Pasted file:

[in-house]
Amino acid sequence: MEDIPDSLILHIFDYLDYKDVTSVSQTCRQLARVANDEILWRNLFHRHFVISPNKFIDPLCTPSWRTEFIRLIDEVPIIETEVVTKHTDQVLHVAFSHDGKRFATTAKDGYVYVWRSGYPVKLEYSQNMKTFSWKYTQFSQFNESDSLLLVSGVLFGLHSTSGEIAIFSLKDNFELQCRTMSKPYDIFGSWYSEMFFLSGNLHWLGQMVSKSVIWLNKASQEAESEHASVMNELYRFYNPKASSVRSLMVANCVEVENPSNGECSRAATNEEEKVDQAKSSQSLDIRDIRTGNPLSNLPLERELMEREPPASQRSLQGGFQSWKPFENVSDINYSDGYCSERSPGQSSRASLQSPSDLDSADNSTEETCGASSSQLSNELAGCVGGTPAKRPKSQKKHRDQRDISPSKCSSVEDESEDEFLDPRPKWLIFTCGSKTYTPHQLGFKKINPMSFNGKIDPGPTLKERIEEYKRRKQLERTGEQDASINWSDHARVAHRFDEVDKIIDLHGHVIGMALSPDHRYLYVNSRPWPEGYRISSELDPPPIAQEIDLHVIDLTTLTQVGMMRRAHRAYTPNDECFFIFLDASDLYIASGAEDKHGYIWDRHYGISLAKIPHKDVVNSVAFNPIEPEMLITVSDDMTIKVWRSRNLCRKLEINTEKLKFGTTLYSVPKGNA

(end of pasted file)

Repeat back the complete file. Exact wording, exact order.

[in-house]
Amino acid sequence: MEDIPDSLILHIFDYLDYKDVTSVSQTCRQLARVANDEILWRNLFHRHFVISPNKFIDPLCTPSWRTEFIRLIDEVPIIETEVVTKHTDQVLHVAFSHDGKRFATTAKDGYVYVWRSGYPVKLEYSQNMKTFSWKYTQFSQFNESDSLLLVSGVLFGLHSTSGEIAIFSLKDNFELQCRTMSKPYDIFGSWYSEMFFLSGNLHWLGQMVSKSVIWLNKASQEAESEHASVMNELYRFYNPKASSVRSLMVANCVEVENPSNGECSRAATNEEEKVDQAKSSQSLDIRDIRTGNPLSNLPLERELMEREPPASQRSLQGGFQSWKPFENVSDINYSDGYCSERSPGQSSRASLQSPSDLDSADNSTEETCGASSSQLSNELAGCVGGTPAKRPKSQKKHRDQRDISPSKCSSVEDESEDEFLDPRPKWLIFTCGSKTYTPHQLGFKKINPMSFNGKIDPGPTLKERIEEYKRRKQLERTGEQDASINWSDHARVAHRFDEVDKIIDLHGHVIGMALSPDHRYLYVNSRPWPEGYRISSELDPPPIAQEIDLHVIDLTTLTQVGMMRRAHRAYTPNDECFFIFLDASDLYIASGAEDKHGYIWDRHYGISLAKIPHKDVVNSVAFNPIEPEMLITVSDDMTIKVWRSRNLCRKLEINTEKLKFGTTLYSVPKGNA